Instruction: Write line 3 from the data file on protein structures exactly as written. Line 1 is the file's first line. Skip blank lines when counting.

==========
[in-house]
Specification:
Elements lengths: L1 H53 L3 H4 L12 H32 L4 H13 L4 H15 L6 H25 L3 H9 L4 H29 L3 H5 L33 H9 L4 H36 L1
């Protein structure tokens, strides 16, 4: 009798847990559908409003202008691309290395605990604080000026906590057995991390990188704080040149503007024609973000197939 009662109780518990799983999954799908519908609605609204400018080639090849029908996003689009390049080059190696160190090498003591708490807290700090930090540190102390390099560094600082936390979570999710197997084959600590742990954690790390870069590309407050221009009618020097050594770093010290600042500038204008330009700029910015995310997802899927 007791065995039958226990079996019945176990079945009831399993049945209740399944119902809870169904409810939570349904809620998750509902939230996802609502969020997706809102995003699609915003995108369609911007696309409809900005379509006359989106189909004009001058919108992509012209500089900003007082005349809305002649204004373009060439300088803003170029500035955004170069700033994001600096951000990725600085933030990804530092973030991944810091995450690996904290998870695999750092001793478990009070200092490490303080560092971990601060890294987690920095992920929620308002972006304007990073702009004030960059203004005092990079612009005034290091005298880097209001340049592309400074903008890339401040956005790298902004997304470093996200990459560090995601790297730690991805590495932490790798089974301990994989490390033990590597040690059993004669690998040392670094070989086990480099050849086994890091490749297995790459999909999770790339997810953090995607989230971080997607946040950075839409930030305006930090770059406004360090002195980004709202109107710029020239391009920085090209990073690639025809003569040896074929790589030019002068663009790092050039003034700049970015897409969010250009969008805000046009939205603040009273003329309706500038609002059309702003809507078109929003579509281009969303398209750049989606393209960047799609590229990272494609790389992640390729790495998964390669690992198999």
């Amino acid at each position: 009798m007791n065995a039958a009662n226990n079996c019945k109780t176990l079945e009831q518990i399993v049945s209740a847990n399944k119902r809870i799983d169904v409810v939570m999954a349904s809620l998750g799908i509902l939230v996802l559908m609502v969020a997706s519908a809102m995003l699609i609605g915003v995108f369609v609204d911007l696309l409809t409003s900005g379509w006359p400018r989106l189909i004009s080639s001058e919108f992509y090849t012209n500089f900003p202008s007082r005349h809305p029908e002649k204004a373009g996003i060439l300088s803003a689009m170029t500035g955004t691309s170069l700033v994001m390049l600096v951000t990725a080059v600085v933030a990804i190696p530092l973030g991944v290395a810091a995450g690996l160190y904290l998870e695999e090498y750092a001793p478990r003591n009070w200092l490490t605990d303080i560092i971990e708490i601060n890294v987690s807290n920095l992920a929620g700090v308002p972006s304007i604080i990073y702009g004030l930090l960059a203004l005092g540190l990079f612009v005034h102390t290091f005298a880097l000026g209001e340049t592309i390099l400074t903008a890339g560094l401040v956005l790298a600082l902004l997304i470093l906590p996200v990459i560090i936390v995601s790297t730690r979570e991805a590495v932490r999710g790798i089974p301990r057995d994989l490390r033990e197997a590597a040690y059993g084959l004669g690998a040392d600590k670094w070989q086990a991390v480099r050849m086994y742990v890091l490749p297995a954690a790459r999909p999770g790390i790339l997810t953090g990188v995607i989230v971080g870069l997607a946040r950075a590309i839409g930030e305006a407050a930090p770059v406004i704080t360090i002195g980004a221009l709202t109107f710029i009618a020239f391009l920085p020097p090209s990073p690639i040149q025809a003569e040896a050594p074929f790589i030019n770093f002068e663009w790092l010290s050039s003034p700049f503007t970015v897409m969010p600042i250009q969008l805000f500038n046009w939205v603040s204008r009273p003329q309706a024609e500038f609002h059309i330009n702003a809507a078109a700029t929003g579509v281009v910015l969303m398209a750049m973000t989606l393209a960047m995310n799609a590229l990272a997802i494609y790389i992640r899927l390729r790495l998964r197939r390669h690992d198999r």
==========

Elements lengths: L1 H53 L3 H4 L12 H32 L4 H13 L4 H15 L6 H25 L3 H9 L4 H29 L3 H5 L33 H9 L4 H36 L1